NASA spacecraft race to Ultima Thule

NASA spacecraft is hurtling toward a historic New Year´s Day flyby of the most distant planetary object ever studied, a frozen relic of the early solar system called Ultima Thule.

Illustration of Ultima Thule object with spacecraft

Four billion miles (6.4 billion kilometers) away, the unmanned spaceship, New Horizons, is poised to zoom by at 12:33 am (0533 GMT) on January 1, at a distance of just 2,200 miles (3,500 kilometers) from Ultima Thule.

That´s more than three times closer than New Horizons came to Pluto when it zipped by the dwarf planet in 2015.

So what is this strange object, which is named after a mythical, far-northern island in medieval literature and has its own rock anthem performed by Queen guitarist Brian May?

“This is truly the most primitive object ever encountered by a spacecraft,” said Hal Weaver, project scientist at the Johns Hopkins Applied Physics Laboratory.

Relatively small, scientists aren´t sure about its exact size.

But they believe it is about 100 times tinier than Pluto which measures almost 1,500 miles (2,414 kilometers) in diameter.

Ultima Thule is also in a freezing area of space, suggesting it may remain well preserved.

“Really, it is a relic from the formation of the solar system,” said Weaver.

Ultima Thule (pronounced TOO-lee) lies in the Kuiper Belt, a vast cosmic disc left over from the days when planets first formed.

Astronomers sometimes call it the “attic” of the solar system.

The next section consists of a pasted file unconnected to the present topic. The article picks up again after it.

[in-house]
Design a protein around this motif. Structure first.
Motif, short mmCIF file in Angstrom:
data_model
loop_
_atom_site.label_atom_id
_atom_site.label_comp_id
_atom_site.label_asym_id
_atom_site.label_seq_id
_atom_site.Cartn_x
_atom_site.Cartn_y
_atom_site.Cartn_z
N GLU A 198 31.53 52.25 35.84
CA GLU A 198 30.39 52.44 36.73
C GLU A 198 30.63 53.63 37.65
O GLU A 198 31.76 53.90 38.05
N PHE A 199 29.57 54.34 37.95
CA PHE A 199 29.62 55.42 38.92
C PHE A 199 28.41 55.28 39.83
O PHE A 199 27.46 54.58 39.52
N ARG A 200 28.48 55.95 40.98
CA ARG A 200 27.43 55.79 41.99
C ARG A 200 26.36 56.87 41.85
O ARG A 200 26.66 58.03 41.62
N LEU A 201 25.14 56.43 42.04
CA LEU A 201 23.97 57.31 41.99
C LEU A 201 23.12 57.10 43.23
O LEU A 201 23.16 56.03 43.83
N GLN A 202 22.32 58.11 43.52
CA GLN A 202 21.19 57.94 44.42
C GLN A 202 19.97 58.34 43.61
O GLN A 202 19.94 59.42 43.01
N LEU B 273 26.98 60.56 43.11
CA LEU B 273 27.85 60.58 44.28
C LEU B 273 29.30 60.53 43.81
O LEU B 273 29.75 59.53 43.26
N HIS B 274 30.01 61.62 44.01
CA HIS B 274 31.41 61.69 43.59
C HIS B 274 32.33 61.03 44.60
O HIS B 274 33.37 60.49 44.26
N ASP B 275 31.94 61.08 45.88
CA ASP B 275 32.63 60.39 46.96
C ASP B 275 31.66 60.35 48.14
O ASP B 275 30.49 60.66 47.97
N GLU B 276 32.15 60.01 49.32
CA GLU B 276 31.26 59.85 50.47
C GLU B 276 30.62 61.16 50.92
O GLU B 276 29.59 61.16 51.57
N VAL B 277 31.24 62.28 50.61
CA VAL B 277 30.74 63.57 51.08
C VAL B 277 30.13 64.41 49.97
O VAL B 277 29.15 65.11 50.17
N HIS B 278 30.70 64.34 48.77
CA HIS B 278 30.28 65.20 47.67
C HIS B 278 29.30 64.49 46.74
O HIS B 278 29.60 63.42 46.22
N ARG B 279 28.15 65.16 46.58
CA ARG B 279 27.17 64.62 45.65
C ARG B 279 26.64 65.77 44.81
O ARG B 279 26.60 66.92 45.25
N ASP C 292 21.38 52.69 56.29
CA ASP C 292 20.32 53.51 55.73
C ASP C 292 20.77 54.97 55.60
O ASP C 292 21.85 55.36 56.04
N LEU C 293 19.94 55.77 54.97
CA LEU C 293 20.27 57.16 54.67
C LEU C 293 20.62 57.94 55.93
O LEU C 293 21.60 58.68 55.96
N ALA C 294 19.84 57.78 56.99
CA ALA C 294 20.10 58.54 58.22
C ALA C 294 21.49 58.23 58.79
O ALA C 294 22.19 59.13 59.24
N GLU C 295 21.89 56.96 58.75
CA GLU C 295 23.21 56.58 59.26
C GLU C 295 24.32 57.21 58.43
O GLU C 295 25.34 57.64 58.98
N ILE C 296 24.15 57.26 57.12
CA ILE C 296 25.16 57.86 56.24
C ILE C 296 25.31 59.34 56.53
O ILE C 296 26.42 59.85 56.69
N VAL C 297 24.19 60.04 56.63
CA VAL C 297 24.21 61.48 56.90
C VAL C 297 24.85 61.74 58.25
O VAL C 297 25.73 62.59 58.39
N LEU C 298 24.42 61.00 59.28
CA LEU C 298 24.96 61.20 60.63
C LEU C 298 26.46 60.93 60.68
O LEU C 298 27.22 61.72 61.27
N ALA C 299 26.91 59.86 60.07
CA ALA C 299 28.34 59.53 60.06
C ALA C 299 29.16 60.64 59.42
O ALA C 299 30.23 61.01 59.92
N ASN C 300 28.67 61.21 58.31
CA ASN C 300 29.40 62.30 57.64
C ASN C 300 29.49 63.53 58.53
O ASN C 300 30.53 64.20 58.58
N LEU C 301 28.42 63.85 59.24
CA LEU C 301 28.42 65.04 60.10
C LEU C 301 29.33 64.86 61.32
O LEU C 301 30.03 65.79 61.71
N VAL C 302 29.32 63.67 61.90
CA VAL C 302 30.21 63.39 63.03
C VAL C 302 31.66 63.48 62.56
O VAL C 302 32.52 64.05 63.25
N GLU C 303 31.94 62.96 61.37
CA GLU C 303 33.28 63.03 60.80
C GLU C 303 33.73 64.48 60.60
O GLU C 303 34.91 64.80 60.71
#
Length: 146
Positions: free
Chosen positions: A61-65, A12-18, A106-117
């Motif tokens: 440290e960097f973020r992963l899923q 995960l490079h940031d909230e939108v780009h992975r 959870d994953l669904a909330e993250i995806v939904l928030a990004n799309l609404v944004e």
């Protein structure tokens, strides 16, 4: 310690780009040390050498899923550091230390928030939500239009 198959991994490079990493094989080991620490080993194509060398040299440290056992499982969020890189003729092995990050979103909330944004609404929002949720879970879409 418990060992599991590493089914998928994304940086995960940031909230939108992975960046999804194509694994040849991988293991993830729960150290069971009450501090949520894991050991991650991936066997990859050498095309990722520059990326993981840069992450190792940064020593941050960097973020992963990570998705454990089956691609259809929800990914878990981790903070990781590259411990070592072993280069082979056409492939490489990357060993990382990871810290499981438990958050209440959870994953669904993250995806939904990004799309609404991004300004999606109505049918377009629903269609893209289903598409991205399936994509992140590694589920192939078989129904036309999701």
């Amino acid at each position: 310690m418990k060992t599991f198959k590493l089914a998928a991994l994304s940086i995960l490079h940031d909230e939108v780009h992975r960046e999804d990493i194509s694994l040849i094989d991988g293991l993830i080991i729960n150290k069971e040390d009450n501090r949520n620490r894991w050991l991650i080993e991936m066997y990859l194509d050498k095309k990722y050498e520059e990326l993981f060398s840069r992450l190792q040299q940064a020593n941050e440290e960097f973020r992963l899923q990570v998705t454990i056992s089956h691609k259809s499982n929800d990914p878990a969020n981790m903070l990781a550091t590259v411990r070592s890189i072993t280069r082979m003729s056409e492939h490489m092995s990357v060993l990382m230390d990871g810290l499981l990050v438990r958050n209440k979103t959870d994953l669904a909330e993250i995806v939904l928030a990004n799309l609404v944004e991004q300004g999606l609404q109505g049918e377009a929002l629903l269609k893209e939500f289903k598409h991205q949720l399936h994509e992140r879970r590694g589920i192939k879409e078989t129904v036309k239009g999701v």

Scientists didn´t even know the Kuiper Belt existed until the 1990s.

The Kuiper Belt begins some three billion miles (4.8 billion kilometers) beyond the Sun, past the orbit of Neptune which is the furthest planet from the Sun.

“It is teeming with literally billions of comets, millions of objects like Ultima which are called planetesimals, the building blocks out of which planets were formed, and a smattering — a handful of dwarf planets the size of continents, like Pluto,” said Alan Stern, principal investigator on New Horizons.

“It is important to us in planetary science because this region of the solar system, being so far from the Sun, preserves the original conditions from four and a half billion years ago,” Stern added.

“So when we fly by Ultima, we are going to be able to see the way things were back at the beginning.”

? A) A little-known building block of our solar system B) A Kuiper belt object C) The Jan. 1 flyby target for

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